Tuesday 10 September 2013

Pros and Cons for Online Banks

Pros and Cons for Online Banks

These days there are more options to bank than there ever have been. There was once a time when there were only a handful of banks and banking was still a chore. Now, it doesn’t have to be like that. Stalwarts which have been at the top of the banking game are now offering more and more services than ever.

However, in the last few years, we’ve seen “Internet Banks,” often known as direct banks, become very popular. They’ve become popular for good reason but, are they the best option out there? There are good and bad points when it comes to eyeing up an online bank to switch to. However, depending on what type of spender or saver you are, direct banks could be the best thing to ever happen to your wallet.

Why Online Banks Are Good

Logistically, direct banks can offer better interest rates and charge very few fees, if any. They can do this because they don’t have branches like Bank of America does. There’s no need to pay rent on brick-and-mortar bank branches because direct banks just don’t have any. This leads to a streamlining of online services, better offerings, and less hassle when it comes to fees.

One of the bigger pros for online banks is that they often offer much better interest rates for checking accounts. In some cases, it can be as high as 0.9%, like it is for the GE Capital Bank. The norm, however, is still above the 0.1 - 0.3% you’ll find in brick-and-mortar stores. Many direct banks offer 0.5% interest on balances under $15,000. The more you check, the higher it goes.

Diversity. Online banks can offer a much wider range of services than brick-and-mortar stores. As you might expect from something born online, direct banks can target a niche without having to justify themselves.

While most online banks function the way you’re used to - minus the branches, of course - some can be very different. Some online banks will offer perks on everything you do, like PerkStreet and others. You can effectively choose a bank that fits with you, instead of having to adapt to your bank.

Freedom is another big pro for online banks. You’re free to do what you want with your money and there are a great many ways you get a hold of your money. It’s nowhere near as complicated to withdraw your cash as you think.

Where Online Banks Fail

Nothing in life is perfect and online banks are no different. If you’re somebody that likes to do things as you always have done, and you value peace of mind, then online banking might not be for you. Sure, being able to get access to your money from a web page is great but, for those moments when you need to explain something to somebody face-to-face, brick-and-mortar branches might be the better way to go.

Some ATMs will charge you for taking out cash. While many online banks are able to withdraw cash free of charge at thousands of ATMs across the country, some ATMs will still charge you. In a lot of cases, whoever owns or runs the ATM decides who they want to be able to use their ATM free of charge.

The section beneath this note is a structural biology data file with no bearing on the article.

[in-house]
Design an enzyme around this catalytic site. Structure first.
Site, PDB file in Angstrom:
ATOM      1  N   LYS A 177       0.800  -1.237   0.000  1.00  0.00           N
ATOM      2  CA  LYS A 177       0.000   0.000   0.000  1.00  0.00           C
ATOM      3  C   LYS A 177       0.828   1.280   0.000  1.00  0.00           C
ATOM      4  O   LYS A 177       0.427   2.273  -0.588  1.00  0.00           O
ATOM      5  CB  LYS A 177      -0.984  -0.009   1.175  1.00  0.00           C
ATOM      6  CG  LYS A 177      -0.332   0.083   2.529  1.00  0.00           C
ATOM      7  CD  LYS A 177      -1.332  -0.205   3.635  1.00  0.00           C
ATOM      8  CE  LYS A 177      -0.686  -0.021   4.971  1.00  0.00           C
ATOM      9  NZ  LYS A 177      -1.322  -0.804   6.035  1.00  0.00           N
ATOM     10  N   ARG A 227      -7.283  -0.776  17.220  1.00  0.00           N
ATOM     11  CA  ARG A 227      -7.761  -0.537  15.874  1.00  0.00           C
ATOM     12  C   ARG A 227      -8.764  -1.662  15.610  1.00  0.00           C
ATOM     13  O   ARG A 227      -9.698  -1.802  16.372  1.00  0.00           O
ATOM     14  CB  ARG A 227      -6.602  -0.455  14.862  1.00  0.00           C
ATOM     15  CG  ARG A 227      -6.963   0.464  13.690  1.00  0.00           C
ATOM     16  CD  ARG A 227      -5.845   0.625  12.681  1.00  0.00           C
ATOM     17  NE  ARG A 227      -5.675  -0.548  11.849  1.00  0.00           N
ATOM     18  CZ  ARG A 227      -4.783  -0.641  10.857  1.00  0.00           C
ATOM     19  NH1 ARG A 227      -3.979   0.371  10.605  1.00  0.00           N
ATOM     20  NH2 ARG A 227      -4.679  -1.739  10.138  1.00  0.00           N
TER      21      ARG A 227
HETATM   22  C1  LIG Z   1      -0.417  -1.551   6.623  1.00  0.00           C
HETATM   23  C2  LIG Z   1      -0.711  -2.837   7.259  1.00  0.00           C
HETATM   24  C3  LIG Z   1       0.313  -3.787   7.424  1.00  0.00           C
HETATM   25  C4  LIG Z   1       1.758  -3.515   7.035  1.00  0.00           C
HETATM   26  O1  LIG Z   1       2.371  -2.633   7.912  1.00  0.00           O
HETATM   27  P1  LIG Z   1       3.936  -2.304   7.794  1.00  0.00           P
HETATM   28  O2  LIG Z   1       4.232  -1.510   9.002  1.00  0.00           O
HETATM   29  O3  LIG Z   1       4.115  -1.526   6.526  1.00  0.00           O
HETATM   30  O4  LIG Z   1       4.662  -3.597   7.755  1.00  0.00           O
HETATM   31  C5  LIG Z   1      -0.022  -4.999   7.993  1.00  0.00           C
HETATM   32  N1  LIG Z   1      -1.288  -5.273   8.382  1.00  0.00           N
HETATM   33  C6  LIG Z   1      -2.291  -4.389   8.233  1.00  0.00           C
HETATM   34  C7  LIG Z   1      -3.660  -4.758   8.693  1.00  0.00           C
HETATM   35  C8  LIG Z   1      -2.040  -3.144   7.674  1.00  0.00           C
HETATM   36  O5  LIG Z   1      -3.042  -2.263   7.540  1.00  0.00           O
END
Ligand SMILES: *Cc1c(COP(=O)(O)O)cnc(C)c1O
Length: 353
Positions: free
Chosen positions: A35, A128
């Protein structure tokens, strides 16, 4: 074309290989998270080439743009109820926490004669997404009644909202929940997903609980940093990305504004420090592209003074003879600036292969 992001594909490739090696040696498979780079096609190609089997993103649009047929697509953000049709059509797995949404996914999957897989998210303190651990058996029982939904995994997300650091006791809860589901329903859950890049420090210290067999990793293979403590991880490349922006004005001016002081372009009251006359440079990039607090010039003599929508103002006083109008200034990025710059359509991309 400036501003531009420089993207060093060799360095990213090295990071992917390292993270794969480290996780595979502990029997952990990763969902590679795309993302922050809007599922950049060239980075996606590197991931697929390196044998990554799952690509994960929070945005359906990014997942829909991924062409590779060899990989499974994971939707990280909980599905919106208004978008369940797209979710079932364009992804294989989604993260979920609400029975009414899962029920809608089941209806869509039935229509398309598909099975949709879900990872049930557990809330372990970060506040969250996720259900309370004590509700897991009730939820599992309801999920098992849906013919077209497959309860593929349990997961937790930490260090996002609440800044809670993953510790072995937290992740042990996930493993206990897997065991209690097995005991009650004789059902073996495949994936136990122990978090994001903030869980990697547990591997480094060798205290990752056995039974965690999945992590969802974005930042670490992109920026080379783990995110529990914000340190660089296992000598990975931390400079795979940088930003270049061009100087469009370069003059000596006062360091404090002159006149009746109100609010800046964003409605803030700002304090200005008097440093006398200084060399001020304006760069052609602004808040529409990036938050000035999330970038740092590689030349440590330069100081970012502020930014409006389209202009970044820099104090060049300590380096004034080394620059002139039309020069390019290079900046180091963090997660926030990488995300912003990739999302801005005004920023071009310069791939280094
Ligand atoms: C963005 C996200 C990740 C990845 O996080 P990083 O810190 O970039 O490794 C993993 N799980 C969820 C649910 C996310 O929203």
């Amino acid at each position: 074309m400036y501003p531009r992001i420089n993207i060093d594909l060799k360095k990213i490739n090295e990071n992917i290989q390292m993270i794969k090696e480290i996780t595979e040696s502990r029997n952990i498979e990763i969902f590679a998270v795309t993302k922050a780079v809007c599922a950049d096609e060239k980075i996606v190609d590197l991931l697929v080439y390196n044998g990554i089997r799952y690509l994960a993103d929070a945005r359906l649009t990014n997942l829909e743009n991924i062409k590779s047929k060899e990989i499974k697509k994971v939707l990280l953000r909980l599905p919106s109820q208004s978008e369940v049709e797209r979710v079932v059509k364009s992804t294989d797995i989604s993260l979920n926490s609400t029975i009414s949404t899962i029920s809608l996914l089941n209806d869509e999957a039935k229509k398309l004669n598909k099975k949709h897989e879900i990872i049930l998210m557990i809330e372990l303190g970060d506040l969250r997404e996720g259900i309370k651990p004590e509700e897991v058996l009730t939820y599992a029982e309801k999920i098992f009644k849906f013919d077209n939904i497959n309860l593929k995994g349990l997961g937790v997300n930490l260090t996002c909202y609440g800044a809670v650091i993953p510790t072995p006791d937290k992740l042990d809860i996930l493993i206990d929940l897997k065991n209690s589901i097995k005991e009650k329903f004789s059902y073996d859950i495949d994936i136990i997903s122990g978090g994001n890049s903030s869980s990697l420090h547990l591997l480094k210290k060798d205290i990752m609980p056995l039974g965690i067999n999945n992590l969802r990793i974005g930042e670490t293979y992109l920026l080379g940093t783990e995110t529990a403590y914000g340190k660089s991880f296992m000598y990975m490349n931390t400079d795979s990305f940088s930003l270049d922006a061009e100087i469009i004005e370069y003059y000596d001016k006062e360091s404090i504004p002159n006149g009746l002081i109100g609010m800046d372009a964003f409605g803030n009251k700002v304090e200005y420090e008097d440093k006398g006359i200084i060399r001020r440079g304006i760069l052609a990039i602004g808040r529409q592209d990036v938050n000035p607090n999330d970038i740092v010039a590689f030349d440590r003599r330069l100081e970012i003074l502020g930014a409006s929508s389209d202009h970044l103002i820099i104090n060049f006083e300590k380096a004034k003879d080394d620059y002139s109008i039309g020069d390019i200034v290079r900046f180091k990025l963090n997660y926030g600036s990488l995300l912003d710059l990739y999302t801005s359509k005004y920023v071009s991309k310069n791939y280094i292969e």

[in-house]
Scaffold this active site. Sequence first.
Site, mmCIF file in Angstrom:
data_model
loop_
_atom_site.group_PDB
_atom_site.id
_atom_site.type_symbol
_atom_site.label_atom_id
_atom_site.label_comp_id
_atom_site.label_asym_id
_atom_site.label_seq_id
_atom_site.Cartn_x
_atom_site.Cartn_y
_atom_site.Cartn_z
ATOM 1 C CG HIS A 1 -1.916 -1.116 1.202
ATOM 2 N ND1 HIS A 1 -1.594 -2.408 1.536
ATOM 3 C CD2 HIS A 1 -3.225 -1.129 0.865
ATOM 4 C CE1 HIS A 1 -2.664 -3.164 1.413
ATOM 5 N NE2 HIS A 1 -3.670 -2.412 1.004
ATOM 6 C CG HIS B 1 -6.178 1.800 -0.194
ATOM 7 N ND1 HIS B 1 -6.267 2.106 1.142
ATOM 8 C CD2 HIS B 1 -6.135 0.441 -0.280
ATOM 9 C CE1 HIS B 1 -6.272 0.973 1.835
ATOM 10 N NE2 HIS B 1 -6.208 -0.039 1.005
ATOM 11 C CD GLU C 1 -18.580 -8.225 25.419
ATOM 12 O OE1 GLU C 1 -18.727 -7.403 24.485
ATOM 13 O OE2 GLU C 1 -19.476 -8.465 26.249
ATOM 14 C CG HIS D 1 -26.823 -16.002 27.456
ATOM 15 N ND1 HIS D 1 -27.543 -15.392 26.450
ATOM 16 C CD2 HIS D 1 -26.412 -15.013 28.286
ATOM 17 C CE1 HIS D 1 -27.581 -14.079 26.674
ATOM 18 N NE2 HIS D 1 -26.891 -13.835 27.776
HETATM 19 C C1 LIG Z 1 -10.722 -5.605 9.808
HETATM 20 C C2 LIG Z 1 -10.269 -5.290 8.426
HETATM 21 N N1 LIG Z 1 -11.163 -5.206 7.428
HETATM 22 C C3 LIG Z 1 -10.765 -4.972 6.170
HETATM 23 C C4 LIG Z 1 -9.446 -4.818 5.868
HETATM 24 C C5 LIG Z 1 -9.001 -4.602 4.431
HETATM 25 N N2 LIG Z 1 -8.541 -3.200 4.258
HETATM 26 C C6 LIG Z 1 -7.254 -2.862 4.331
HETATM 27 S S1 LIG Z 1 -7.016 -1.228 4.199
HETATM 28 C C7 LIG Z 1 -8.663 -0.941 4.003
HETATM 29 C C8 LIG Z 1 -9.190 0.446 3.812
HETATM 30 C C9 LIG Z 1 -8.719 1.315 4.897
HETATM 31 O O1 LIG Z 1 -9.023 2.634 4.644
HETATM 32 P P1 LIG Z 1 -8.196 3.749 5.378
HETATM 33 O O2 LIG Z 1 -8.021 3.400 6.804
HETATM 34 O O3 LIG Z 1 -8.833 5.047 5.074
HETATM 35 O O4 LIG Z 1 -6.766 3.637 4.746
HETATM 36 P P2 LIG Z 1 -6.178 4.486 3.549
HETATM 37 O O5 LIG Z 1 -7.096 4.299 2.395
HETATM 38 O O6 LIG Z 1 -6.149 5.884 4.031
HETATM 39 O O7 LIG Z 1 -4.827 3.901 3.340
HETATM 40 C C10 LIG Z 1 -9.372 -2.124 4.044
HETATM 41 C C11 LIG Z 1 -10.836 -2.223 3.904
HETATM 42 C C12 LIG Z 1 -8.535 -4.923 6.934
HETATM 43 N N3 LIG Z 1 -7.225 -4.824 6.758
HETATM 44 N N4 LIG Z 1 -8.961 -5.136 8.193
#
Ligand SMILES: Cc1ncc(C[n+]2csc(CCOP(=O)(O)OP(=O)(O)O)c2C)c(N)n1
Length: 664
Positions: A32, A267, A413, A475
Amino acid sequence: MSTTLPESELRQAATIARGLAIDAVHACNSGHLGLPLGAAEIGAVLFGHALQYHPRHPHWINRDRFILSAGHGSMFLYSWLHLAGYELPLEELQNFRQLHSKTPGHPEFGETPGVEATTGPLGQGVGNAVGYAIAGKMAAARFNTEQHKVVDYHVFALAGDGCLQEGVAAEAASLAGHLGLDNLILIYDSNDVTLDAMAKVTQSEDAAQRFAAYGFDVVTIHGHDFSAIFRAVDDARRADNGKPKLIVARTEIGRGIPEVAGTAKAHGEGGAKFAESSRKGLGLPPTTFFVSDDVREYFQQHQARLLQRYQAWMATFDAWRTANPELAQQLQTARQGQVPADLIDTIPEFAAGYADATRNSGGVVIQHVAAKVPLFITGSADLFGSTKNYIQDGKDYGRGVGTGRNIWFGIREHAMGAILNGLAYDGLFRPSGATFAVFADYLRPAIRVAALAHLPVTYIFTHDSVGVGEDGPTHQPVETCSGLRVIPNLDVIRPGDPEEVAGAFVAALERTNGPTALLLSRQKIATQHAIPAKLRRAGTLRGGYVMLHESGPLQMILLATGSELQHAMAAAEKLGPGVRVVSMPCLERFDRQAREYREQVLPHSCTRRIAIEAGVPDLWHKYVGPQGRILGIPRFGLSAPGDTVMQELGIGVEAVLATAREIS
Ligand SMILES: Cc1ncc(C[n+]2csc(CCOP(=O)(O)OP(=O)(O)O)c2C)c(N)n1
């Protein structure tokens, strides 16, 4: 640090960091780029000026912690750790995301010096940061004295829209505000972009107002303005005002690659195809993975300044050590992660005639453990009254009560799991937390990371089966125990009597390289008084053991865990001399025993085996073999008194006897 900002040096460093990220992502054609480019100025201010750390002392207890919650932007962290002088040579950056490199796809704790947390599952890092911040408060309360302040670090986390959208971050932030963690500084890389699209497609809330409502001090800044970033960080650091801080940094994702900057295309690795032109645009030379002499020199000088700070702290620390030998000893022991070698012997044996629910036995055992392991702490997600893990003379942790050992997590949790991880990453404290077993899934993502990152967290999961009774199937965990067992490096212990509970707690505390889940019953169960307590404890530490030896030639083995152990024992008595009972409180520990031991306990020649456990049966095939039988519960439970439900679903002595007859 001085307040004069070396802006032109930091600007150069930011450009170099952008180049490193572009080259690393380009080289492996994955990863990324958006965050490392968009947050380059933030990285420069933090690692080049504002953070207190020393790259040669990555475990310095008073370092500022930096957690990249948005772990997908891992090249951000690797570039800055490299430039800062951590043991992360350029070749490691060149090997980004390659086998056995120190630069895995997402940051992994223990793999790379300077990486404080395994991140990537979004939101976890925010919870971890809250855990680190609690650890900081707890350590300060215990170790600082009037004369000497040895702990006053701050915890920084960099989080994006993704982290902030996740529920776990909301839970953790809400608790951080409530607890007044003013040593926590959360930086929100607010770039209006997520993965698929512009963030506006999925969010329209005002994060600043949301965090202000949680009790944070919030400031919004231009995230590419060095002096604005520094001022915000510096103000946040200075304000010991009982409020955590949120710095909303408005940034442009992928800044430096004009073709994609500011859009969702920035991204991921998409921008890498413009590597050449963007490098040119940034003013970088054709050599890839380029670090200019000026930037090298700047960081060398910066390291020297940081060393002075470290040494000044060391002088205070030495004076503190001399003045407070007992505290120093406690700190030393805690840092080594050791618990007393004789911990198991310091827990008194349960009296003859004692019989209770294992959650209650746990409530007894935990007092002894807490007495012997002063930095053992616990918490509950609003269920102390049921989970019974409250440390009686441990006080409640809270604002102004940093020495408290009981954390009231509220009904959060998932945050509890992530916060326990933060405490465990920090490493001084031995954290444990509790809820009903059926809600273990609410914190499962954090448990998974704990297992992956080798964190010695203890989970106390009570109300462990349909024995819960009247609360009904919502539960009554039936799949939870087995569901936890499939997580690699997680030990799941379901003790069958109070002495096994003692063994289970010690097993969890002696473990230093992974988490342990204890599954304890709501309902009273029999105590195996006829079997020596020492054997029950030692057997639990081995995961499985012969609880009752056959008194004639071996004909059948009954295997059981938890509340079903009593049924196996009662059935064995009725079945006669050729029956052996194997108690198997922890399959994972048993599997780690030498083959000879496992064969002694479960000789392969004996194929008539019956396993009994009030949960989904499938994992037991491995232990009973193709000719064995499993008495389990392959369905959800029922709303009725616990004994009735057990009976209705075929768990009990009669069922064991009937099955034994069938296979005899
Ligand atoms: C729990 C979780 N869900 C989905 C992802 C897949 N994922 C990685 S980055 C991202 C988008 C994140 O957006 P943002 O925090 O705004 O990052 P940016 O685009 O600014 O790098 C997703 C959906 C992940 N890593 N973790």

It’s very much worth looking into your online bank before you pull the trigger – remember, a single service fee can completely wipe out the benefits of the high-interest rate. Don’t fall into the rat trap of losing your interest to service fees!

Fees can be higher than you think. Online banks don’t need to charge as much as the Bank of America of the world does, they still need to make a profit. There’s a vast difference in how much each direct bank will charge you for a stop payment and so on.

A lot of them will charge you for inactivity, often to the tune of $5 a month. This is another thing you should consider before taking your money digitally.

In summary, the rise of online banks has significantly altered the landscape of banking, offering consumers a wide array of benefits such as higher interest rates, lower fees, and greater flexibility. These digital institutions have streamlined services, providing customers with convenient access to their accounts without the need for physical branches.

However, while online banks offer numerous advantages, they may not be suitable for everyone. Some individuals may prefer the traditional approach of banking with brick-and-mortar institutions, valuing the assurance of face-to-face interactions and the familiarity of in-person transactions.

Moreover, potential drawbacks of online banking include ATM fees, service charges, and the possibility of higher-than-expected fees for certain transactions. It's crucial for consumers to thoroughly research and understand the terms and conditions of online banking services before making the switch to ensure that the benefits outweigh any potential drawbacks.

Ultimately, the decision to bank online or with a traditional institution depends on individual preferences, financial needs, and comfort levels with digital banking platforms. As technology continues to evolve, consumers have more options than ever before, empowering them to choose the banking solution that best aligns with their lifestyle and financial goals.

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